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Interview with Felipe Bustos Sierra

Interview with Felipe Bustos Sierra, the director of “The Three-Legged Horses”

Gosia: You are a writer, director and producer. After years of moving from place to place you eventually settled down for longer in Edinburgh where you’ve started Debasers Filums. What is your focus as a film director?

Felipe Bustos Sierra: I love great storytelling.  I love stories that take you seamlessly to a moment or a place you couldn’t picture from the start.  I’ve made four shorts so far and they all take place in different settings but they all essentially tell the same story: someone sets off on their own and through their work/commitment/enthusiasm/skill/all of the above, a community has rallied around them and made a bigger impact than what they could have achieved alone.

The “Three-Legged Horses” is inspired by a true story that happened to you when you earned your living as a rickshaw driver. Could you tell us about that memorable night that inspired the climactic scene in the film? But let’s not reveal the unexpected turn of events towards the end of the movie.

I was a rickshaw driver in Edinburgh for about two years.  My knees were in a bad state by the end of it.  Edinburgh’s all hills and cobblestones and we’d often end up cycling standing upright.  It helps to keep the momentum going when you’re cycling uphill but on a rickshaw, the pressure on your joints is so strong, your kneecaps start to erode.  Once I figured that out, I decided to finish the month making as much money as I could.  Mostly everything went wrong and the second half of the film is a pretty accurate description of what happened next.  The moment at the very end of that night (and the last scene in the film) remains one of the happiest moments of my life.

This short low-budget movie was a real community effort. You managed to involve quite a big crew.

It just wouldn’t have happened without it.  I didn’t go to film school.  I’m learning as I’m going, which has its advantages and drawbacks.  As a film production, it was beyond anything I’d done before.  Five nights in winter filming entirely outdoors, lots of speaking parts, lots of different locations with sound curfews.  It was a long week for everyone involved!  We had a mix of experienced film people who offered their skills and friends who gave their time and everyone’s talents made the film what it is.  There were about 40 people involved in shooting the last scene underneath the castle, not counting the extras.  “Three-Legged Horses” was also the first successfully crowd-funded film in Scotland.  We raised the budget through two campaigns, one for filming, one for the music.  There’s a very famous song sung by a very drunk man (which is what happened to me) and it plays a big part in the last scene.  It was quite expensive to get but it connected with people immediately and there were about 120 donations from all over the world to make the film happen.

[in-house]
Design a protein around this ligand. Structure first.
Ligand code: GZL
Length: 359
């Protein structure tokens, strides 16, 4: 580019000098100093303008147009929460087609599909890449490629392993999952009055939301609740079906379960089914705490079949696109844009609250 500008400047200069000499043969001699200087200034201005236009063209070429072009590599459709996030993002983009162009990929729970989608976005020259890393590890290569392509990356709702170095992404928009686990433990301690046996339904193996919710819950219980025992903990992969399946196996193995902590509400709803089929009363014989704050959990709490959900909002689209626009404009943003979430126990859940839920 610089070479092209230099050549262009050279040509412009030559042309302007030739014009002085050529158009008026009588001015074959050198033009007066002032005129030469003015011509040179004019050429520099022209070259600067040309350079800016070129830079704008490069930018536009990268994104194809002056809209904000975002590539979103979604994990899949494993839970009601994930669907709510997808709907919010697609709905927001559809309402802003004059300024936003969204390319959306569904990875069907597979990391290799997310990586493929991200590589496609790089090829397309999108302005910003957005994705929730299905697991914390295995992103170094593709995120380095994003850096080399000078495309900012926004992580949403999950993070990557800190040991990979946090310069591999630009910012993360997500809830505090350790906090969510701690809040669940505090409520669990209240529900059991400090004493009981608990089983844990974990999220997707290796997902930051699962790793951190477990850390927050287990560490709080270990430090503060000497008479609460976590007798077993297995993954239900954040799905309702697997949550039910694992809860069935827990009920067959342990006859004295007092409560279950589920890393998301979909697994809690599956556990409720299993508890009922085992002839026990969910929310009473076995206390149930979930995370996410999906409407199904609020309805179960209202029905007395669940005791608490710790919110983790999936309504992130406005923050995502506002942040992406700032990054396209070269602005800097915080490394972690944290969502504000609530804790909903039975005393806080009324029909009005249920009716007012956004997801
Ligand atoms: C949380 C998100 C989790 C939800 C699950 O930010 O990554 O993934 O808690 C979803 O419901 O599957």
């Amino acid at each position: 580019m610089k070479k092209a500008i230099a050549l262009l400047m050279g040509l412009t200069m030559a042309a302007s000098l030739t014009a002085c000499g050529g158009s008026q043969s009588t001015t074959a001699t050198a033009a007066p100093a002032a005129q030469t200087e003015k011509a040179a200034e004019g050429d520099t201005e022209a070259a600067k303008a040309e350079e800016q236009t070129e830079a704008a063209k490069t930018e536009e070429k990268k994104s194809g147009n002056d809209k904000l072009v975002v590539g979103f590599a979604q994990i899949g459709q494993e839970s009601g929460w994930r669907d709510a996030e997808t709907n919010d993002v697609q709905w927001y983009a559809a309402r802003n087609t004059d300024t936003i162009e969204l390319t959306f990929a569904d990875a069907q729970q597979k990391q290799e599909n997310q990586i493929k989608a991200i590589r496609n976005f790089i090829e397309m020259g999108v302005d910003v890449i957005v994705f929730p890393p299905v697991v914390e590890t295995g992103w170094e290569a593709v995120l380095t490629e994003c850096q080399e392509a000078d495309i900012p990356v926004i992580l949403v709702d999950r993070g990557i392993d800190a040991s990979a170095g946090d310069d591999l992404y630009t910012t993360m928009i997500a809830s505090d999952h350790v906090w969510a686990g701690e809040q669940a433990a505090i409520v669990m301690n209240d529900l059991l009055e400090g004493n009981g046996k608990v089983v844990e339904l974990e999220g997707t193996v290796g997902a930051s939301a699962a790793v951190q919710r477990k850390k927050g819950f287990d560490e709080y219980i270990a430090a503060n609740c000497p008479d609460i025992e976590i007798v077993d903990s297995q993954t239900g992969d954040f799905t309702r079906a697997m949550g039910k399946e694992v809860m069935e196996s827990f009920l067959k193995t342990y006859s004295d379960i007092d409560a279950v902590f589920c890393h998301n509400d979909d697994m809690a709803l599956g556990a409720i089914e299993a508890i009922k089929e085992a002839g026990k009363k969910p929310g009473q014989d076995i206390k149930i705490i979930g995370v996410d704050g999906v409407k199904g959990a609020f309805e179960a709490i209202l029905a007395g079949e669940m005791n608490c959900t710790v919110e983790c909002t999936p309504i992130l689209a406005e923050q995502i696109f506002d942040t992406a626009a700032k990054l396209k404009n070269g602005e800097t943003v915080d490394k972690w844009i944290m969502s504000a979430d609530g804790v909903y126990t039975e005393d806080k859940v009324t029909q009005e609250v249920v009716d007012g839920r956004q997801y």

In the trailer to the movie it is said: “It’s a gamble, it’s a game”. Does pedicabbing require, apart from fitness, any particular abilities?

It’s a mad job, no question, and everyone seemed to have a different way of coping with it.  It must be even harder now because there are a lot more drivers around and possibly more competition. You hire your rickshaw for the weekend and you hope to earn enough on the Friday night to cover your rent.  Then Saturday is all profit.  Some weekends are more lucrative because there’s a big sports/music event happening somewhere in the city but it’s all a gamble.  There’s a limited amount of hours to make good money and rain, punctures, steep streets, drunks, random assholes will slow you down.  You set a standard fee at the start of the lift, depending on how far and how steep you’ll need to cycle.  After that, you might get an extra tip and that really depends on anything memorable happening during the lift and who you are and who your passengers are.  There’s a lot of randomness at play and it pays – sometimes literally – to be open to it.

Is cycling a part of people’s lifestyle in Edinburgh which is pretty hilly and notorious for its windy and chilly weather?

You get used to it.  Edinburgh looks glorious.  It’s almost as if it’s been designed for great pay-offs.  You cycle up the North Bridge and there’s an ancient volcano on your left.  You cycle up the Mound and there’s a castle on your right.  It’s never boring.

Can you tell us about a bicycle film that has particularly inspired or moved you?

I love Breaking Away.  Great story, characters and cinematography.  Like Stand By Me (which is my favourite film) with bicycles.  I’ve got a soft spot for American Flyers, an early Kevin Costner film, which is nowhere near as good but the bike scenes are fantastic.

Thank you. A pleasure to talk with you.

 

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